Willow and Rock Ptarmigans
Never seen in the lower 48 states of the United States, ptarmigans all live in tundra and cold areas. They are one of our favourite rare treats to see at Bathurst Inlet Lodge. All ptarmigan have a complex pattern of molt, occurring three times a year. Courtship plumage occurs in the spring. Summer visitors will notice that most plumage is dark at this time of year. They nest near the lodge, so guests often hear them crowing, and on special days you may be able to see family groups.
Explore the Inlet by boat
A flat-bottomed pontoon boat is the perfect platform for exploring the Inlet. This stable and comfortable boat allows guests to walk around to take photos and use binoculars. All boat trips include an expert field guide to help you identify bird species and tell you more about the location.
See the birds of Bathurst Inlet
Want to check some of these bird species off your list next summer? With all the charm of a bed-and-breakfast, Bathurst Inlet Lodge is an affordable, all-inclusive Arctic adventure backed by nearly 50 years of experience and has limited availability. Bookings are available for only four weeks in the summer with a capacity of only 15 guests per week.
We encourage you to contact us
to reserve your spot!
Learn more about Bathurst Inlet Lodge and trips available for 2017 here
June 17th, 2016 | By MaryBeth McKenzie | Filed in Featured Trip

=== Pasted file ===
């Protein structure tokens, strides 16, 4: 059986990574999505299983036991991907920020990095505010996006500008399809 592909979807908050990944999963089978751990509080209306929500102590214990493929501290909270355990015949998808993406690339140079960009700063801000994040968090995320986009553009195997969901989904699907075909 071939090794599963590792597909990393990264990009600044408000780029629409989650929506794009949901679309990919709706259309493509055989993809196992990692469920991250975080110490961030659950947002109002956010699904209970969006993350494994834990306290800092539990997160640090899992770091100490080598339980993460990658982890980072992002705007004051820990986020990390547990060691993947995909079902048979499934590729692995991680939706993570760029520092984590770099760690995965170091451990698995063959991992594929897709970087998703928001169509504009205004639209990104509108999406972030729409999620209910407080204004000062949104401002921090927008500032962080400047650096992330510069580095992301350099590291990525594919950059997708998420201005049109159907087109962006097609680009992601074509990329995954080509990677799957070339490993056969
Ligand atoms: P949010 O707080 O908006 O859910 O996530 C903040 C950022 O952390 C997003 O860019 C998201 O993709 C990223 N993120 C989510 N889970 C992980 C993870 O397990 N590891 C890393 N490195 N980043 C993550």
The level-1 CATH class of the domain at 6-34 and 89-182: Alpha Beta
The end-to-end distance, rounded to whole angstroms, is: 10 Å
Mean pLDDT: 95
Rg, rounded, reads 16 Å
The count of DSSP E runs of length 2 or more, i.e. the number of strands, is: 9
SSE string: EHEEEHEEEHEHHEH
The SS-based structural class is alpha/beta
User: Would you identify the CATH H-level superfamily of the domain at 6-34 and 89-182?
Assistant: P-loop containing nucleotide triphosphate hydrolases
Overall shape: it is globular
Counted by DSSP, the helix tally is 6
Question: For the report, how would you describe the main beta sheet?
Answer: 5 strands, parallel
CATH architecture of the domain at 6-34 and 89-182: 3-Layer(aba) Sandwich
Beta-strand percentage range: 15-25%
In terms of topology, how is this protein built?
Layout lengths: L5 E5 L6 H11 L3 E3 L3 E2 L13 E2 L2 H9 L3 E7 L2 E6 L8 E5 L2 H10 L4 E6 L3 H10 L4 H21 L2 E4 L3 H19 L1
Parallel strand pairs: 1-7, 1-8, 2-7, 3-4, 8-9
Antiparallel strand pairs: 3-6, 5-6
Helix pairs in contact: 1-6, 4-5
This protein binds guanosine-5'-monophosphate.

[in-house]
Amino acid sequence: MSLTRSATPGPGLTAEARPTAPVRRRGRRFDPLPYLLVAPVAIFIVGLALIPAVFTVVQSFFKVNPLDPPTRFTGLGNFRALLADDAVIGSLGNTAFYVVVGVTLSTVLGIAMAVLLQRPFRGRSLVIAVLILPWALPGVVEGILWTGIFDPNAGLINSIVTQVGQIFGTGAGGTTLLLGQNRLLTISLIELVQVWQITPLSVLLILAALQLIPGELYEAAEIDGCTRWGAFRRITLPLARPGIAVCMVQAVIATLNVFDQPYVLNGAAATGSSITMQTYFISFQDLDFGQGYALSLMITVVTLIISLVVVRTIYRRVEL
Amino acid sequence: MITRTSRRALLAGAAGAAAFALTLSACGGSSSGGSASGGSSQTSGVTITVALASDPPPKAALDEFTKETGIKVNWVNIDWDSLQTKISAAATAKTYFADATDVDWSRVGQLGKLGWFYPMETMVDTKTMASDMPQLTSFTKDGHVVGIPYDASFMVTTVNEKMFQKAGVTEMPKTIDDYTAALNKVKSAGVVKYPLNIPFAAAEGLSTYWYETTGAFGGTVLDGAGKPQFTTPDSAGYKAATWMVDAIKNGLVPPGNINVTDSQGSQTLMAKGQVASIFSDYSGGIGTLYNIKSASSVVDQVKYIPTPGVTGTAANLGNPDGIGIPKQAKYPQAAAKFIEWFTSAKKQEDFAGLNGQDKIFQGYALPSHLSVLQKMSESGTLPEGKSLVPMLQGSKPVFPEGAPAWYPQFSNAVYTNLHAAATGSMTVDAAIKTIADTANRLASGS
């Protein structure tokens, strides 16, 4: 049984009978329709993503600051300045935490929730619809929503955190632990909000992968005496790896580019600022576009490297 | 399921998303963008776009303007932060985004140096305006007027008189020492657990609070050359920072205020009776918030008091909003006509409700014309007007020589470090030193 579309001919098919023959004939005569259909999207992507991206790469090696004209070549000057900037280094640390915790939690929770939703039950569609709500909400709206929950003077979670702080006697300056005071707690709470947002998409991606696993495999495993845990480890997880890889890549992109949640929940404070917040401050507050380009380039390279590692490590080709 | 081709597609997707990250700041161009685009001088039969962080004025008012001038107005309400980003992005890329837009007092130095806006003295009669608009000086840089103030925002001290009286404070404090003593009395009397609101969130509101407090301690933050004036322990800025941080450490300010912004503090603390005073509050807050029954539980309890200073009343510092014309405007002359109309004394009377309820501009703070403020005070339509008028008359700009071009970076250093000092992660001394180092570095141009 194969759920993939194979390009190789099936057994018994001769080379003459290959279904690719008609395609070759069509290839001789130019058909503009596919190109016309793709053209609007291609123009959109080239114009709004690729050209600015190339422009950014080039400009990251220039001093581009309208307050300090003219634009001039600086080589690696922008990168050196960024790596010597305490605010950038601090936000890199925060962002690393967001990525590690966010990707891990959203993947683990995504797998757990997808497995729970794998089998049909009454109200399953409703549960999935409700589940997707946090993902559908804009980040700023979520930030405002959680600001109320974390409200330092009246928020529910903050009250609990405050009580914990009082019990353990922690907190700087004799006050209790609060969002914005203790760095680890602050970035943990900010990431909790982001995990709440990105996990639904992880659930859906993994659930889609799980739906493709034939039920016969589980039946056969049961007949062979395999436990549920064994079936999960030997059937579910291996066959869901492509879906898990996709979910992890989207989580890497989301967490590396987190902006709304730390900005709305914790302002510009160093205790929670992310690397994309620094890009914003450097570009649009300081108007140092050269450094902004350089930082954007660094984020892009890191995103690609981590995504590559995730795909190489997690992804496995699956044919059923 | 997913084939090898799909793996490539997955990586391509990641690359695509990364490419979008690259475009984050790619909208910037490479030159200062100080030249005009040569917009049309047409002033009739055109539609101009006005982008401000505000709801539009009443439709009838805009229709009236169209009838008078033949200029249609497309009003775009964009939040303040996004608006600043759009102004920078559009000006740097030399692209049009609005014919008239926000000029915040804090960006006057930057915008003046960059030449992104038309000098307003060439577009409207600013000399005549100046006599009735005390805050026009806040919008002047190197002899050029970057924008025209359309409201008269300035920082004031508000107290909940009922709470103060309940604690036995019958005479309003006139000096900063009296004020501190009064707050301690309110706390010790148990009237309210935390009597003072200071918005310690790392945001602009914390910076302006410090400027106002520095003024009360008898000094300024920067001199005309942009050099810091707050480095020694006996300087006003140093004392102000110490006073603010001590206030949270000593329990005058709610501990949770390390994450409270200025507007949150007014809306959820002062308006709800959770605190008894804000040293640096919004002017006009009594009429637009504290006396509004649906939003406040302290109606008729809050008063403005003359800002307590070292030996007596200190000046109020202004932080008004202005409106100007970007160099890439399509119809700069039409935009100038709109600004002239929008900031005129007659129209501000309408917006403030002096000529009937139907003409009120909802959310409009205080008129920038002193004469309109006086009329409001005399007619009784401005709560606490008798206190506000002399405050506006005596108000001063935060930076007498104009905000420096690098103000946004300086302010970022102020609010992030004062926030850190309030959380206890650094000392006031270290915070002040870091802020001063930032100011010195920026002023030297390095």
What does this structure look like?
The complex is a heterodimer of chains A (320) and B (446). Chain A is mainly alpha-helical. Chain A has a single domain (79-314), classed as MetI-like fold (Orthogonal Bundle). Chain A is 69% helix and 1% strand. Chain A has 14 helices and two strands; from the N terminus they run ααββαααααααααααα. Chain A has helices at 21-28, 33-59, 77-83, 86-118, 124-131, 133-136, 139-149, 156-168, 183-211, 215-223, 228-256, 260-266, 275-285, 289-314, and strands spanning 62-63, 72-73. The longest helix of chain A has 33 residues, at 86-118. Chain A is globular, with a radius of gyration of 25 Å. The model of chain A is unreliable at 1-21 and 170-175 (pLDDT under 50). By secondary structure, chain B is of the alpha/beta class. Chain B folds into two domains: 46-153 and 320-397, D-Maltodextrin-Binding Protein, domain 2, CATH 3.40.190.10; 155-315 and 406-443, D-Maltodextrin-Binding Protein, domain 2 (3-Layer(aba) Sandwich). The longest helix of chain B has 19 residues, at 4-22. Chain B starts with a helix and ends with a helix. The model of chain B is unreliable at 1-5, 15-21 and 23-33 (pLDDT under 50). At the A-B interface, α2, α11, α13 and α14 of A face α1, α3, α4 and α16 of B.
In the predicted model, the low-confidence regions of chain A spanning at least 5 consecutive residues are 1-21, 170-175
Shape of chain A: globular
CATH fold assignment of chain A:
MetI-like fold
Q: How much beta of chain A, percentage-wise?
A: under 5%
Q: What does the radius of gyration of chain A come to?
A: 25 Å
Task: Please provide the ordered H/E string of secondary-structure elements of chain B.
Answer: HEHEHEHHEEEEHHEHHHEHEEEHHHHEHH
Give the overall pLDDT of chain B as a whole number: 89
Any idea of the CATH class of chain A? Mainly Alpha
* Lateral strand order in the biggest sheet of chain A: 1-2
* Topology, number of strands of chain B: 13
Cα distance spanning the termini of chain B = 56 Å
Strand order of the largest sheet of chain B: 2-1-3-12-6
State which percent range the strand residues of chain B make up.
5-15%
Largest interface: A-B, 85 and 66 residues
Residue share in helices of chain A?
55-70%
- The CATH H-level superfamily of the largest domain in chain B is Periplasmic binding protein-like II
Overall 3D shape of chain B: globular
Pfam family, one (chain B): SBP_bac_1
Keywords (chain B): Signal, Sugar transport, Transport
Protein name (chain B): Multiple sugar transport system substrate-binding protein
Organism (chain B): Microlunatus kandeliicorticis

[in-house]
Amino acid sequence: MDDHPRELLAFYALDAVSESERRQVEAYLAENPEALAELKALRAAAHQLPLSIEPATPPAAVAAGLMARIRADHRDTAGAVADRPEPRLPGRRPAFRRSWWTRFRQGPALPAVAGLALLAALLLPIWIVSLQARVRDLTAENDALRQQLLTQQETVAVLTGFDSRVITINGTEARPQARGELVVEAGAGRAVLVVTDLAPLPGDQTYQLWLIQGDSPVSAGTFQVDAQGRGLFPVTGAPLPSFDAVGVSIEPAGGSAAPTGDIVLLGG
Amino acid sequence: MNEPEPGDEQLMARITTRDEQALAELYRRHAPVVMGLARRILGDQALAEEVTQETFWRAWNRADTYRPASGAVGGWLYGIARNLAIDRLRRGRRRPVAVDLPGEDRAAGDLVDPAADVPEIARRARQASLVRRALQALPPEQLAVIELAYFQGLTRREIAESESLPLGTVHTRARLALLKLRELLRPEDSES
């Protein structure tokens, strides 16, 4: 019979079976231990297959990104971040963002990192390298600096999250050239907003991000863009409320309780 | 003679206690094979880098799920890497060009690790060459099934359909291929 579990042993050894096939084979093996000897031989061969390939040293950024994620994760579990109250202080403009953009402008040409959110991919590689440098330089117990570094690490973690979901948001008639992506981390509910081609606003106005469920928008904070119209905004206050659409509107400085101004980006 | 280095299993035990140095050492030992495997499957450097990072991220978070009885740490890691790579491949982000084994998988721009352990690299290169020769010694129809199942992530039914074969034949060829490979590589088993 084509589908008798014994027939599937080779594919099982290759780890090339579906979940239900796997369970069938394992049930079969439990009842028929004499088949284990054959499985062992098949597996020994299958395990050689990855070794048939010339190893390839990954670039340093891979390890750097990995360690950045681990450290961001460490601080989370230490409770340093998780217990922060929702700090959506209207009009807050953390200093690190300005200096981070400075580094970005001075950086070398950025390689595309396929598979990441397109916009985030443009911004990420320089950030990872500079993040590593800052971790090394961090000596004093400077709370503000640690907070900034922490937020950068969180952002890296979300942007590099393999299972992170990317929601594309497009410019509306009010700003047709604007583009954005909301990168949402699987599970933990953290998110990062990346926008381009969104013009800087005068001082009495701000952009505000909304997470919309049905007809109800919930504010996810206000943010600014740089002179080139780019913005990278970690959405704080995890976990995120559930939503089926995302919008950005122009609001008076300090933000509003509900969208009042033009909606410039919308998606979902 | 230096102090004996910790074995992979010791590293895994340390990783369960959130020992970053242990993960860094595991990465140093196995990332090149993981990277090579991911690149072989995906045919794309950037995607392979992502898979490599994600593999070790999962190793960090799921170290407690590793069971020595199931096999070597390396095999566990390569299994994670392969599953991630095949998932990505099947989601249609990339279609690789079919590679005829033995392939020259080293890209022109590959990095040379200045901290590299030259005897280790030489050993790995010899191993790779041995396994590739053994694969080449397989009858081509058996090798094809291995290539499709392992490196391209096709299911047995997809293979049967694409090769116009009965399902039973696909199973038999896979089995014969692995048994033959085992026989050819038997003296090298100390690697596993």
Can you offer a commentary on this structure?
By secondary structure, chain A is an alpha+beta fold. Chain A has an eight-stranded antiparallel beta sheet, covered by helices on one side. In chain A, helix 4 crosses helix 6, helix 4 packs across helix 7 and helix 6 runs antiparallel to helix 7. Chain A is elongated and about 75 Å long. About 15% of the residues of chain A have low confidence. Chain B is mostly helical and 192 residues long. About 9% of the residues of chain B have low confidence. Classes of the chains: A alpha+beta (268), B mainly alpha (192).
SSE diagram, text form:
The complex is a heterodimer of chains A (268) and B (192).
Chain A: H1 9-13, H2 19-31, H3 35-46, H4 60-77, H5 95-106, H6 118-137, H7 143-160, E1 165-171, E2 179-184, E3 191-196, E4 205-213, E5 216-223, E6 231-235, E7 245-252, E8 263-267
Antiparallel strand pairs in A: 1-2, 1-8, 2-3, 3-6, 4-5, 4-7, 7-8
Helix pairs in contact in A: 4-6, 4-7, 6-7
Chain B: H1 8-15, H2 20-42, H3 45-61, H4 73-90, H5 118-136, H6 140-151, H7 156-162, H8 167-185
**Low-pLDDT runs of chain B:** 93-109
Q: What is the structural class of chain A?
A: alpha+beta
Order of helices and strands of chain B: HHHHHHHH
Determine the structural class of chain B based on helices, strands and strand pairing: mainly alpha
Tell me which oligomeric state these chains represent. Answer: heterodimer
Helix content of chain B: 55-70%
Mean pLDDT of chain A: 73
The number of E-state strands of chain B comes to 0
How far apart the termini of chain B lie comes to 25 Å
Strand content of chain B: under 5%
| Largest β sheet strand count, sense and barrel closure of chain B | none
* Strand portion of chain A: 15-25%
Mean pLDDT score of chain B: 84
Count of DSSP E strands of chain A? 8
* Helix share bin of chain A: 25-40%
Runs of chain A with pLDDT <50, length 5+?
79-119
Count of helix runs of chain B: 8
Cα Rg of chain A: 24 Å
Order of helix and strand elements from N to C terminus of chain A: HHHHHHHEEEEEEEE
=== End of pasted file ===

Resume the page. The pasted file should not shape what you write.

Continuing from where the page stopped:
Strangely enough, the Arctic isn’t always a top-of-mind destination for a summer escape. With unmatched natural beauty, unique wildlife and outdoor fun at every turn, the Canadian Arctic is a must-visit vacation spot. With Iqaluit just a three hour flight from Ottawa, it’s now more accessible than ever.
If the cold-weather rumors (spoiler alert: it’s actually warm!) are holding you back, we’ve got a pleasant surprise for you – plus four more reasons to travel to the far North.
Delight in beautiful weather (Don’t forget to pack your t-shirts!)
Myth busted: The Canadian Arctic isn’t always cold! In fact, Arctic summers can get quite warm. Temperatures in July and August can be anywhere from 10 to 20°C (50 to 68°F) – break out the short sleeves!
Bask in the midnight sun
Imagine watching icebergs twinkle in the glow of the sun at midnight. One of the most amazing features of Arctic summer are the long days. The almost 24-hour sunshine allows for uninterrupted adventures and extended hours of fun! When the days begin to shorten later in the season (don’t worry, they still see upwards of 17 hours of sun), visitors enjoy spectacular and seemingly endless sunsets.